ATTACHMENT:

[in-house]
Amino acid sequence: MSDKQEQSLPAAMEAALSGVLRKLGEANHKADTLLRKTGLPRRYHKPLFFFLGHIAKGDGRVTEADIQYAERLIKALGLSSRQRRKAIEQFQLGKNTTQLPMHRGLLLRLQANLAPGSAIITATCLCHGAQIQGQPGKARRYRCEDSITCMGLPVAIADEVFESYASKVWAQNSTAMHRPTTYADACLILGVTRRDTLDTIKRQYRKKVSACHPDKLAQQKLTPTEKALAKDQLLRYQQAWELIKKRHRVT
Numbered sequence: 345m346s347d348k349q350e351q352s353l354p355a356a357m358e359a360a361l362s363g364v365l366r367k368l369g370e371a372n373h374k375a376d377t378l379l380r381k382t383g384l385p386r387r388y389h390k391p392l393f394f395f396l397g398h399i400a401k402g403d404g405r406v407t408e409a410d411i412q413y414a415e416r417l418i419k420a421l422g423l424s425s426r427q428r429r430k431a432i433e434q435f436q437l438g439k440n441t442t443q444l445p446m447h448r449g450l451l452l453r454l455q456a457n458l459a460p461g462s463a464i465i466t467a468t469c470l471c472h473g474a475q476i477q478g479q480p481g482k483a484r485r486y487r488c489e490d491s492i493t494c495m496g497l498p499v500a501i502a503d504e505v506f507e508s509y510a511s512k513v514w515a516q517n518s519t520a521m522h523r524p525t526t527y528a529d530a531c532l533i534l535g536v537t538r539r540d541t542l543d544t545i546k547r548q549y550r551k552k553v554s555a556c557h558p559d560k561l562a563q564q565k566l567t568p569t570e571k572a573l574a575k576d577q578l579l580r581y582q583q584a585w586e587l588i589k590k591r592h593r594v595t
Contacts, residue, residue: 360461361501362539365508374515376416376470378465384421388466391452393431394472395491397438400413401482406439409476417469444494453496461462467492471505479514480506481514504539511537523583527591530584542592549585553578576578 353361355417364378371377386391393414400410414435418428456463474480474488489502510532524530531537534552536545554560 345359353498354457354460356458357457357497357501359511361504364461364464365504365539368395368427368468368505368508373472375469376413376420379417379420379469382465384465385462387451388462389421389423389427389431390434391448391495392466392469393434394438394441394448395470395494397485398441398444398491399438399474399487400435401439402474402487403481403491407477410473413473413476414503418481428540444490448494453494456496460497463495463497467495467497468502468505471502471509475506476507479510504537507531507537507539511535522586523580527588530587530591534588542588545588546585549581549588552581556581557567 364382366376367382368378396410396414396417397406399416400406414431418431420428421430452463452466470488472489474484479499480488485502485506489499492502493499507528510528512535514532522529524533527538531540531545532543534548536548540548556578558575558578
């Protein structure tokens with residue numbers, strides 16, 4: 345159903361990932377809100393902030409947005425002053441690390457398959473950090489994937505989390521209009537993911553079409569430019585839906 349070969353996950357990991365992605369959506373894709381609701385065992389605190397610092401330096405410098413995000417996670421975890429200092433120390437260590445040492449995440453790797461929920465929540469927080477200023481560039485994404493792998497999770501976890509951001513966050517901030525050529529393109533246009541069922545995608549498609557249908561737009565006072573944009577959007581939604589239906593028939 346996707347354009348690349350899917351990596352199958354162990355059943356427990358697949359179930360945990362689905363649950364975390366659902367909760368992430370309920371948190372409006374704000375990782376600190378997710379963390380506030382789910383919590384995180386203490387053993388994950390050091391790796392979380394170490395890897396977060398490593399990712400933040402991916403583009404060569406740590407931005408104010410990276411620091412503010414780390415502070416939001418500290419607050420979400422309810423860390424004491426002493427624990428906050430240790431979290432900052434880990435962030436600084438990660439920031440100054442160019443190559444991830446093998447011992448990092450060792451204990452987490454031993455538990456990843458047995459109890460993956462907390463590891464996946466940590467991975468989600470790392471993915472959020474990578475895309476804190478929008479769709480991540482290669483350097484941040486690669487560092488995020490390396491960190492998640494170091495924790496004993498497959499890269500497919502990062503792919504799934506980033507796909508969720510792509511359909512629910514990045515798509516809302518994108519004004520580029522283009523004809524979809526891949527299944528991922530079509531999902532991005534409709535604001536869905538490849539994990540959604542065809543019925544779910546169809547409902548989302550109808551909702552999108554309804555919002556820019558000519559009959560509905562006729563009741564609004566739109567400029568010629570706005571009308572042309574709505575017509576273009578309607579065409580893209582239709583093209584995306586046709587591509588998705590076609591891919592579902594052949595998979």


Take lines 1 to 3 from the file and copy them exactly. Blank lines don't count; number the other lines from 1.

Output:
[in-house]
Amino acid sequence: MSDKQEQSLPAAMEAALSGVLRKLGEANHKADTLLRKTGLPRRYHKPLFFFLGHIAKGDGRVTEADIQYAERLIKALGLSSRQRRKAIEQFQLGKNTTQLPMHRGLLLRLQANLAPGSAIITATCLCHGAQIQGQPGKARRYRCEDSITCMGLPVAIADEVFESYASKVWAQNSTAMHRPTTYADACLILGVTRRDTLDTIKRQYRKKVSACHPDKLAQQKLTPTEKALAKDQLLRYQQAWELIKKRHRVT
Numbered sequence: 345m346s347d348k349q350e351q352s353l354p355a356a357m358e359a360a361l362s363g364v365l366r367k368l369g370e371a372n373h374k375a376d377t378l379l380r381k382t383g384l385p386r387r388y389h390k391p392l393f394f395f396l397g398h399i400a401k402g403d404g405r406v407t408e409a410d411i412q413y414a415e416r417l418i419k420a421l422g423l424s425s426r427q428r429r430k431a432i433e434q435f436q437l438g439k440n441t442t443q444l445p446m447h448r449g450l451l452l453r454l455q456a457n458l459a460p461g462s463a464i465i466t467a468t469c470l471c472h473g474a475q476i477q478g479q480p481g482k483a484r485r486y487r488c489e490d491s492i493t494c495m496g497l498p499v500a501i502a503d504e505v506f507e508s509y510a511s512k513v514w515a516q517n518s519t520a521m522h523r524p525t526t527y528a529d530a531c532l533i534l535g536v537t538r539r540d541t542l543d544t545i546k547r548q549y550r551k552k553v554s555a556c557h558p559d560k561l562a563q564q565k566l567t568p569t570e571k572a573l574a575k576d577q578l579l580r581y582q583q584a585w586e587l588i589k590k591r592h593r594v595t